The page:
After Seeing A Drop Of $54M In Sales, Owners Of Santa Ana's MainPlace Mall Proposing $300M Transformation
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The owner of Santa Ana's MainPlace Mall is proposing a $300M transformation of the property into a mixed-use destination, the latest sign of a shifting retail landscape.
The city of Santa Ana held a workshop Feb. 28 on Centennial Real Estate Co.'s plan to re-entitle and seek approvals for the 1.5M SF mall at 2800 North Main St. to include a 400-room hotel, 750K SF of office space and 1,900 residential units.
The mall has about 1.1M SF of retail space, according to city documents.
The site is currently entitled for 1.5M SF of commercial retail space, 1.5M SF of office space and a 400-room hotel.
Centennial Real Estate is seeking approvals to halve the entitled office space to 750K SF and add 1,900 residential units, according to city documents.
"Our vision is to create a sense of place, a place for the community of Santa Ana," Centennial Real Estate CEO Steven Levin said during a community meeting last May. "What we plan to do here ... [is] to focus on your lifestyle. Everything you do in your life we plan to collect here at this place. So when you get up, you'll say, 'Let's go to MainPlace. It's got everything.'"
With the rise of e-commerce, Centennial Real Estate's move to re-entitle the mall and shift away from shopping highlights the retail industry's ongoing decline and an effort by owners and landlords to include more experiential mixed-use aspects to draw people in, such as entertainment venues and food halls.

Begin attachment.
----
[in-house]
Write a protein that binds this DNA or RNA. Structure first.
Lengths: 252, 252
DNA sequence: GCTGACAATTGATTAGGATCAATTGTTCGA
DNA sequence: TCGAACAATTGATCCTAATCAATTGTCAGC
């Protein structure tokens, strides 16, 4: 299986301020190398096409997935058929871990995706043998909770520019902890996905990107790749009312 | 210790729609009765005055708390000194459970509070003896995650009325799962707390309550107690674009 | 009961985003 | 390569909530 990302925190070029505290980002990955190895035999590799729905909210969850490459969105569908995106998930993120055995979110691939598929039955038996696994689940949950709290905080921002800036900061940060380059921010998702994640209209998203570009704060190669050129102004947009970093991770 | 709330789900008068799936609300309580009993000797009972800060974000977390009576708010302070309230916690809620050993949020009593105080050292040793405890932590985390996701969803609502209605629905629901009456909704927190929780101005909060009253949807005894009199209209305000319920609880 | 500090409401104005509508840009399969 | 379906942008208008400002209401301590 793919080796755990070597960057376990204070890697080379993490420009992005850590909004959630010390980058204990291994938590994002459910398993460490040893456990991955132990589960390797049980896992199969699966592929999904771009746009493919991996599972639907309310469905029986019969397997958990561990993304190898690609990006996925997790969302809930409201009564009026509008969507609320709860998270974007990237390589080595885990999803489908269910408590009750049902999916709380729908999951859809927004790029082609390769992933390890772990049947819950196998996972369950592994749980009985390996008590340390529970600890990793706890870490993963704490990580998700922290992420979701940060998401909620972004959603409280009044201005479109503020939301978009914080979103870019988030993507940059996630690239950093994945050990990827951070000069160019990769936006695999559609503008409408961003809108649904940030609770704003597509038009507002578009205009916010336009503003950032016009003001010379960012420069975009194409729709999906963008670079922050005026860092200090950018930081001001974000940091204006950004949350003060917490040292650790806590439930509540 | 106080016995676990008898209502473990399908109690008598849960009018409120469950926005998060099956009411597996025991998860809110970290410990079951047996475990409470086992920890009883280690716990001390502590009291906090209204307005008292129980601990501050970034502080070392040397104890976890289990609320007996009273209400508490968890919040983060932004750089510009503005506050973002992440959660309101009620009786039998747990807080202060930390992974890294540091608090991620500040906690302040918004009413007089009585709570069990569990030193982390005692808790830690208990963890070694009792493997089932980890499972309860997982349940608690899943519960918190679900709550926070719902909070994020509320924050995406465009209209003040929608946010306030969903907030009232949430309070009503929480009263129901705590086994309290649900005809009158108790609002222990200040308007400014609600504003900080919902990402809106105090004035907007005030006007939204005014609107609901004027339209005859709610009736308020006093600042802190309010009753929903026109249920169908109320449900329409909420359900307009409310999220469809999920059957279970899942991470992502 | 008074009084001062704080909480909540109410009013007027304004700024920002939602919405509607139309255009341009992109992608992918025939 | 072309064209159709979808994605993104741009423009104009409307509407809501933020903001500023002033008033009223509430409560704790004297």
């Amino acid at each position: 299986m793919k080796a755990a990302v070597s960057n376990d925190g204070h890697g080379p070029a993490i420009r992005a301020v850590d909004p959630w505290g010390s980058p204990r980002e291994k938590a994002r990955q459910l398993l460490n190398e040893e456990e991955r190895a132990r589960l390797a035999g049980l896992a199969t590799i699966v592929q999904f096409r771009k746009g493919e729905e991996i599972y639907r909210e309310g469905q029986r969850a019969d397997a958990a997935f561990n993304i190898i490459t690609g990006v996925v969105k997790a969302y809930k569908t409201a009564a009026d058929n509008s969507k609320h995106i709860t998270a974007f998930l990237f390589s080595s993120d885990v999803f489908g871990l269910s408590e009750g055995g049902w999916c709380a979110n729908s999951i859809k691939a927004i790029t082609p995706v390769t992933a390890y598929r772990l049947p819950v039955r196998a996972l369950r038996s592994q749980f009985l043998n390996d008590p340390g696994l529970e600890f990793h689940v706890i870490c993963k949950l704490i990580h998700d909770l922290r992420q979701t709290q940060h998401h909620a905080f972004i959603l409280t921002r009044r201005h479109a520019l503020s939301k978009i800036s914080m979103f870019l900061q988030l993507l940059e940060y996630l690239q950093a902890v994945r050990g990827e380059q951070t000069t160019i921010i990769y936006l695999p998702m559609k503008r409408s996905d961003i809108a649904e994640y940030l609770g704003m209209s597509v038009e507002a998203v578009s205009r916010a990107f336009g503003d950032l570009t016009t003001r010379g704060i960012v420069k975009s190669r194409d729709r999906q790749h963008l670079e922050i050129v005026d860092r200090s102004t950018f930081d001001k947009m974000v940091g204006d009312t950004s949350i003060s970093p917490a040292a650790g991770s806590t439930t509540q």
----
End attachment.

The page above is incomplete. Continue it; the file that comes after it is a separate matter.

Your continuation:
As part of a JV with Montgomery Street Partners and USAA Real Estate Co. in 2015, Centennial Real Estate acquired the MainPlace Mall in Santa Ana along with four other malls across the nation from Westfield Corp. for $1.1B.
Levin told the Orange County Register the mall has struggled in recent years.
From 2016 to 2018, the mall has seen 35 store closures and a $54M drop in gross sales, according to the Register.
Levin said he wants to steer away from the current 90% retail makeup and shift the mall's focus to entertainment and food.
“Retail got very boring in the United States and it lost its experience,” Levin told the Register. “Today, entertainment is much broader than what shopping used to be.”
While shopping at retail stores will remain a component of the new mall, it will only take up half of the property.
Levin wants to add local retailers to replace the closed stores, an outdoor plaza where people can gather and listen to music and a "Food Emporium," a type of food hall concept, Levin said during the May community meeting.
City documents show Centennial wants to create nine development sites surrounding the mall.
Mexico-based KidZania is already looking to move in next to the mall. Apartments, a grocery store, community space and others will fill the parcels around the mall.
"What we're creating is a destination ... that is an amenity for the city and everyone who lives in Santa Ana to have the experience of going to a place they want to go to," Levin told residents.
"This is your mall," he said. "We legally own it but it's really your mall. We want it to be a place that you feel comfortable [with] your kids, your grandkids, your parents, your friends, where you just congregate. It's safe. It's fun and it has everything you want."
The Santa Ana City Council is expected to vote on the re-entitlement of the mall sometime this summer, according to the Register.